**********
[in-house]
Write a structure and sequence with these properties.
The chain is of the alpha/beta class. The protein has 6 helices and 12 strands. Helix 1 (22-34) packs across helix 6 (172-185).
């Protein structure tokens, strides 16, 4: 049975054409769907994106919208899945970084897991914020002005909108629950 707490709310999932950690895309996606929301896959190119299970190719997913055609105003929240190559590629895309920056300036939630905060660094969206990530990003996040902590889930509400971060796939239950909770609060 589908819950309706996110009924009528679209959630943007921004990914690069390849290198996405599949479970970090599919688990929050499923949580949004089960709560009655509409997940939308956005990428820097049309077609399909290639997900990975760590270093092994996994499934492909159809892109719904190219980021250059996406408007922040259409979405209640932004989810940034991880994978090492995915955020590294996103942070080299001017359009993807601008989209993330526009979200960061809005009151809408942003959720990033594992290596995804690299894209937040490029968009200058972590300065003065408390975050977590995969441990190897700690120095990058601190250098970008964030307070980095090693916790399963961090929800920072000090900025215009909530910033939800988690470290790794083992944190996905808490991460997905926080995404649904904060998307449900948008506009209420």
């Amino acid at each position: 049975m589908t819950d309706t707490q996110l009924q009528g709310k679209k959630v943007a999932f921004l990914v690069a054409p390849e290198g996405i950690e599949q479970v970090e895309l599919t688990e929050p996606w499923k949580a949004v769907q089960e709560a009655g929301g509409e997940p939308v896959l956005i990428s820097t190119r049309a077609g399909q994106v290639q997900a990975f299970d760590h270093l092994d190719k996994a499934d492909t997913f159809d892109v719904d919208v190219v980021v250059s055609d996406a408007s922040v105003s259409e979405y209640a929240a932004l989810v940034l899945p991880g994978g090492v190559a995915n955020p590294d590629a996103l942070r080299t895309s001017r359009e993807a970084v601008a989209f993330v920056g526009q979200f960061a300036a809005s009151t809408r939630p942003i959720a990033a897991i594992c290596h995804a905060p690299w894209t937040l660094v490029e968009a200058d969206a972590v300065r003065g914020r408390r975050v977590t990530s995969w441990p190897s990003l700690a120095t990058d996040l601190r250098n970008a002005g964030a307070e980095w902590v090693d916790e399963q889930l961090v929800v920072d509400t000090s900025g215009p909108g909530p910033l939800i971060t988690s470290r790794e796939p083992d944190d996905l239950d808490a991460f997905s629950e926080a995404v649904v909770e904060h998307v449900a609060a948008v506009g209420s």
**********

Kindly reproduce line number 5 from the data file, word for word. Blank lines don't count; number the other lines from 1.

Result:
């Amino acid at each position: 049975m589908t819950d309706t707490q996110l009924q009528g709310k679209k959630v943007a999932f921004l990914v690069a054409p390849e290198g996405i950690e599949q479970v970090e895309l599919t688990e929050p996606w499923k949580a949004v769907q089960e709560a009655g929301g509409e997940p939308v896959l956005i990428s820097t190119r049309a077609g399909q994106v290639q997900a990975f299970d760590h270093l092994d190719k996994a499934d492909t997913f159809d892109v719904d919208v190219v980021v250059s055609d996406a408007s922040v105003s259409e979405y209640a929240a932004l989810v940034l899945p991880g994978g090492v190559a995915n955020p590294d590629a996103l942070r080299t895309s001017r359009e993807a970084v601008a989209f993330v920056g526009q979200f960061a300036a809005s009151t809408r939630p942003i959720a990033a897991i594992c290596h995804a905060p690299w894209t937040l660094v490029e968009a200058d969206a972590v300065r003065g914020r408390r975050v977590t990530s995969w441990p190897s990003l700690a120095t990058d996040l601190r250098n970008a002005g964030a307070e980095w902590v090693d916790e399963q889930l961090v929800v920072d509400t000090s900025g215009p909108g909530p910033l939800i971060t988690s470290r790794e796939p083992d944190d996905l239950d808490a991460f997905s629950e926080a995404v649904v909770e904060h998307v449900a609060a948008v506009g209420s």